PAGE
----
A new year has many of thinking about possible resolutions and here at Tacoma Art Museum we have our own goals that we want to work towards in 2022. One of our curatorial goals is to work on building a more diverse collection by acquiring artworks by women and artists of color. In service of this important goal, we have recently acquired four artworks by Latinx artists. I am happy to share works by Margarita Cabrera, Enrique Chagoya, and Rodrigo Valenzuela are now part of the Museum’s permanent collection. Two of these artists were born and raised in Mexico and one is from Chile, but all are currently living and working in the United States. Their work offers intriguing ways to look at the socio-political landscape of some controversial and challenging subjects, which is one of the reasons that I find their inclusion in our collection so important.
In 2021, Rodrigo Valenzuela received the notable Guggenheim Fellowship award, and he is currently an assistant professor at UCLA. However, he spent about ten years in the Northwest where his impact is felt. TAM’s recent acquisition of Stature No. 13 will be the second photograph by Valenzuela in the collection.
Stature No. 13 is part of a recent series of photogravures that were exhibited at the Asya Geisberg Gallery in New York in 2020. The work is a visual feast in black and white, a creative cornucopia that comments on consumerism and waste, among other topics. Set in a room with similar aesthetics to a storage unit or a loading dock, there is a curious assemblage of materials that recalls factory equipment with conveyor belts, although a case could be made for its playful resemblance to building blocks and playground equipment. I imagine that many visitors will enjoy seeing the work and thinking through its many complexities. The sculpture, made from discarded materials, is an artwork in and of itself; it could be likened to a Lousie Nevelson sculpture or even a Piet Mondrian with its emphasis on geometric shapes. I wish I could walk around this sculpture to explore it as an installation, like some of Valenzuela’s other work. However, the photographic element adds layers, a barrier of sorts, to exploring the sculpture and its commentary on manufacturing and consumption.
Nopales #x is the first artwork by Margarita Cabrera to be acquired for TAM’s permanent collection. At a time when people from Mexico and other Latin countries were being treated inhumanely at the border due to the immigration politics of Donald Trump’s presidency, this work spoke mountains to the challenges faced and was put on view in the Immigrant Artists and the American West exhibition in the Haub Family Galleries from 2018-2021. The large sculptural nopales, made from the uniforms of border patrol agents, is a symbol that honors the natural elements of the desert Southwest despite the violations of human rights that people are facing in the region. The repurposed fabric was sewn into the oval pads of the plant and hand-embroidered with various motifs and images related to life around the United States-Mexico border. Embroidered on one pad is the outline of a watchtower looming over a path filled with people trying to cross the border; another pad simply has a red sun made from tiny radiating stitches; there is a religious depiction of the Madonna; and, there is an image of a man in a sombrero resting under a bright yellow sun. This sculpture provides a nice contrast to some of the more serene images of the Southwest in the Museum’s collection.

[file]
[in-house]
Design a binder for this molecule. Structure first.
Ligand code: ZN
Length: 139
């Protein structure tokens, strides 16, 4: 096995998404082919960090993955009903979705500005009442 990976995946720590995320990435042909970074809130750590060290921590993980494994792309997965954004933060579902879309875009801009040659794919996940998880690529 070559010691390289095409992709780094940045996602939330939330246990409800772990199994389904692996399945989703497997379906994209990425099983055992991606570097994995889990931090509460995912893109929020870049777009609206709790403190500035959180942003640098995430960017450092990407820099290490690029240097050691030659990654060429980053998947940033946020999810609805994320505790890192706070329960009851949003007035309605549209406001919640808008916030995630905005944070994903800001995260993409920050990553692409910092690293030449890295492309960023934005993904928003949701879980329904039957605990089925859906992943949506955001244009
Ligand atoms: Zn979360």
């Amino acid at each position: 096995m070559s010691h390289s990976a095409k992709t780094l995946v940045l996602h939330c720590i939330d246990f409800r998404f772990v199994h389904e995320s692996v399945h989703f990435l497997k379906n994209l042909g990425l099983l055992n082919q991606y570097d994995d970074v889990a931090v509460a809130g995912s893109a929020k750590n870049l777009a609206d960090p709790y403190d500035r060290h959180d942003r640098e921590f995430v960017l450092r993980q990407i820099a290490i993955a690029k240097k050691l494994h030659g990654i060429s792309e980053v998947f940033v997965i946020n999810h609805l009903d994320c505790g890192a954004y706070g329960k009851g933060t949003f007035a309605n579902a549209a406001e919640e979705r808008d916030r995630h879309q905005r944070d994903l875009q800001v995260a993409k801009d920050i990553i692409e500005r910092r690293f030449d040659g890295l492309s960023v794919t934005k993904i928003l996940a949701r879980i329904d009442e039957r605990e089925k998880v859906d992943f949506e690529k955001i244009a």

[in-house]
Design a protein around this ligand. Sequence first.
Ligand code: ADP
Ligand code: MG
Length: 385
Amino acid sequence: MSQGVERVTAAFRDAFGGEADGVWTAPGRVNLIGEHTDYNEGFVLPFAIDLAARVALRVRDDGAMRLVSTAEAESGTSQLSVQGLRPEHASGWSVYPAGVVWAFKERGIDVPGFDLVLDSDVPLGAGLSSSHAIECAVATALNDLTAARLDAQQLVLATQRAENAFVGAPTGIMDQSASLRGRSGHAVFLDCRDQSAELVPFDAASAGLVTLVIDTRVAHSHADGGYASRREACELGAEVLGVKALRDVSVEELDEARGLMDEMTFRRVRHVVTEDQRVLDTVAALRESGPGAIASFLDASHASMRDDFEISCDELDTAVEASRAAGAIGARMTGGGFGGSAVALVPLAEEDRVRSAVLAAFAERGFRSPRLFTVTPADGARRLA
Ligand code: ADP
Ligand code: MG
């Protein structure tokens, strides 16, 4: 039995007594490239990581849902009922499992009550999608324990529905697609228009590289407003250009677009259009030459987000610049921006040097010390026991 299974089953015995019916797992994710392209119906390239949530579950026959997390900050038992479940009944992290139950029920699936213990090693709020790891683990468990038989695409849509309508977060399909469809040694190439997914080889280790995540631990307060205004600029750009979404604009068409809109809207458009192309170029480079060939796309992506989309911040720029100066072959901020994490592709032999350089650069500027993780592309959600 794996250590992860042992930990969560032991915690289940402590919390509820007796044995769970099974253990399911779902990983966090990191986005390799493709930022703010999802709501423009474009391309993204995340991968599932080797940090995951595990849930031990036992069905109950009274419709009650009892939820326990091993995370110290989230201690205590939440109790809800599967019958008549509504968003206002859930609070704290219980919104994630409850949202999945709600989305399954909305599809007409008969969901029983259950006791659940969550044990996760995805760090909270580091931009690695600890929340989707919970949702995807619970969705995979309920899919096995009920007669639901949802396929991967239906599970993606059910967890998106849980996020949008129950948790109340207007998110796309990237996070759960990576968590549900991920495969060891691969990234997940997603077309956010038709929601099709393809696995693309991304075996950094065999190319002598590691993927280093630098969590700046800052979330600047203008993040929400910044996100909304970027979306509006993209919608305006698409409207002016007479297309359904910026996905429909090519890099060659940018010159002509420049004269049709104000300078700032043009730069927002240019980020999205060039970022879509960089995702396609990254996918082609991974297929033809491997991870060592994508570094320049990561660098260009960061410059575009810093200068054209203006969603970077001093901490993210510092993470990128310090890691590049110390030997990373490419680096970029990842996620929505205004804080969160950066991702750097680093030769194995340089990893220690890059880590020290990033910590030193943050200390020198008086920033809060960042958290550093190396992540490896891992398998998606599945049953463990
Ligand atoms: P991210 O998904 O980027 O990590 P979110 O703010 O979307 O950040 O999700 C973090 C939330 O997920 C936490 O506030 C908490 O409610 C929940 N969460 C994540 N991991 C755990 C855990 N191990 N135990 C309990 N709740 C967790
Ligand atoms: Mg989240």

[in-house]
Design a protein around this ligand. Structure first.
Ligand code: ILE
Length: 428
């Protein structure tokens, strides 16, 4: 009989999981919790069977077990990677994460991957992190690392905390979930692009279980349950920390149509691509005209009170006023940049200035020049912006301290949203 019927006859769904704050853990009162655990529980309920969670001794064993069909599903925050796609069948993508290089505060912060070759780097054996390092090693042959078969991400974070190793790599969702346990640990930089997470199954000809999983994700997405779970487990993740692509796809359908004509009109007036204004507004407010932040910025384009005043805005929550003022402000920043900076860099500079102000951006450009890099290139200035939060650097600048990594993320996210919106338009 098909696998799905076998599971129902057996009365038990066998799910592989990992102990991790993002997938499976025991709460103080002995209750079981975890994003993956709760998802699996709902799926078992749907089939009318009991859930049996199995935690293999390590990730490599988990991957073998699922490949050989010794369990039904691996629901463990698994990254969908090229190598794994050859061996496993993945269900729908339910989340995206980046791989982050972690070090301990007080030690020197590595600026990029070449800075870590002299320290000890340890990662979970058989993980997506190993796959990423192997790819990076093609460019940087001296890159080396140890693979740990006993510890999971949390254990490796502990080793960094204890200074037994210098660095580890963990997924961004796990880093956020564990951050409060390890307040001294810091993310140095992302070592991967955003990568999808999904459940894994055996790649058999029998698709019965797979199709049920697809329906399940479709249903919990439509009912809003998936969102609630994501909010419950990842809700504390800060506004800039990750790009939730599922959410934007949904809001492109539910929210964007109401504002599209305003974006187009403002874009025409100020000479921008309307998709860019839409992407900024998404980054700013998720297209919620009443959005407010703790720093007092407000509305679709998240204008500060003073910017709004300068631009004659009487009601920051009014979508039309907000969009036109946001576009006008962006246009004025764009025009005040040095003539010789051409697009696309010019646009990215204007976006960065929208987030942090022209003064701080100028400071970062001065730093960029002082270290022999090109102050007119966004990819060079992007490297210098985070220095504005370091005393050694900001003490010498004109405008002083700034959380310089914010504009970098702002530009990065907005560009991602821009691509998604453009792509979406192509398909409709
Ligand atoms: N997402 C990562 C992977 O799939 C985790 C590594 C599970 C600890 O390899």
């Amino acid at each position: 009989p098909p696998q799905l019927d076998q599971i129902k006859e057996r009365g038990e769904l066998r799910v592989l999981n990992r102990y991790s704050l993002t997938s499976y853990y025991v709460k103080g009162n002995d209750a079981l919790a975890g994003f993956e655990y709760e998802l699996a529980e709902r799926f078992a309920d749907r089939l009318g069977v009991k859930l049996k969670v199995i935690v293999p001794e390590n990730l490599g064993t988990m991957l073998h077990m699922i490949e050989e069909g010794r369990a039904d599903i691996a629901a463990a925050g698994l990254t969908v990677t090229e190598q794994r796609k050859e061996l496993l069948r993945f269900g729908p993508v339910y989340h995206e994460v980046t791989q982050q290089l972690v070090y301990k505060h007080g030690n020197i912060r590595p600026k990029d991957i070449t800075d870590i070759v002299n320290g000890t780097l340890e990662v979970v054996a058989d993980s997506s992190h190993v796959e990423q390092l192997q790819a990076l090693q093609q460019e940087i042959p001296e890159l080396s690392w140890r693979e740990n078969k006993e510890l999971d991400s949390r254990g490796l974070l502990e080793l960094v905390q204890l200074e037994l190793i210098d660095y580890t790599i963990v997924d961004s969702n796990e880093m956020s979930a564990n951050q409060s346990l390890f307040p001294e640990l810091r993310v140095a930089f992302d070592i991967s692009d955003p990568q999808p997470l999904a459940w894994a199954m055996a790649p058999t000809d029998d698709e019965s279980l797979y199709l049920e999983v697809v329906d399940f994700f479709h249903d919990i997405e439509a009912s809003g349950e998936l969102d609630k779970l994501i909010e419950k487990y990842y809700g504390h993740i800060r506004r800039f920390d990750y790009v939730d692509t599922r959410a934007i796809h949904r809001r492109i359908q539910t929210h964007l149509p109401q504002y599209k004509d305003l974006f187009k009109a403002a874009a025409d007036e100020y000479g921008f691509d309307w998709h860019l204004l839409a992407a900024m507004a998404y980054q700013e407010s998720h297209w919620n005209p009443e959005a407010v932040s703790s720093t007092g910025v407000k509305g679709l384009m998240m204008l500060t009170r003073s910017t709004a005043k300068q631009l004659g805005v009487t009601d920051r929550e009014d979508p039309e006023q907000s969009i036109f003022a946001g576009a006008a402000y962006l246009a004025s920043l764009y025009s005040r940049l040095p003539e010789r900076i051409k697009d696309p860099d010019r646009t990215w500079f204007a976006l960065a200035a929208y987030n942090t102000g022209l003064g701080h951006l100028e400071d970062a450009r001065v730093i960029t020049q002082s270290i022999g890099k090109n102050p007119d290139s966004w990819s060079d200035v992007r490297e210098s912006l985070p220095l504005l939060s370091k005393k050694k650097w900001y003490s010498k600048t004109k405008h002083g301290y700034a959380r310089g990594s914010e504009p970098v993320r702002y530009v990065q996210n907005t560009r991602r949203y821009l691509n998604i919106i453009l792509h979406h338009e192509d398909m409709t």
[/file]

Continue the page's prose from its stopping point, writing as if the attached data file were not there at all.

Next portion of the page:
Enrique Chagoya’s The Ghosts of Borderlandia from 2017 is also very different from the romantic images of the West that are a part of the Haub Family Collection. Chagoya’s illustrative, pop style makes witty and pointed observations about the border and immigration in the form of a codex, a book-like manuscript important in Mesoamerican cultures that is read from right to left. The codex is 80 inches long with eight distinct sections that open and close with an accordion fold. When fully extended to display the story in its entirety, an image of the large, prominent border wall fills the codex. There is visual symmetry with a green archway at both the beginning (viewer’s right) and the end (viewer’s left) of the wall. However, standing in the archway at the beginning of the codex is an appropriation of Venus from Botticelli’s The Birth of Venus; in the final archway stands a human skeleton, a memento mori, if you will. The rest of the pages are filled with fragments of people, including are recognizable pop culture icons as diverse as Vincent Van Gogh and Frida Kahlo to Elizabeth Taylor and Wonder Woman. Although their likenesses are recognizable only from images of the top of their heads—they are missing their eyes, ears, noses, and mouths. Without these key parts of their faces, it is as if they have no senses, no ability to connect with other people, which is much like how the border wall separates and divides us. This visual dissection of people is also a poetic metaphor for the ongoing violence at the border, where people are separated from one another, causing harm to people, families, and communities.
It is an exciting time to collect art from Latinx artists. In the year ahead, TAM will be presenting more artwork about Mexico by Mexican artists in the upcoming exhibition, Luces y Sombras: Images of Mexico from the Bank of America Collection. Stay tuned for a chance to see outstanding photography by Mexican and traveling artists who find their inspiration in the many rich themes endemic to the country and landscape.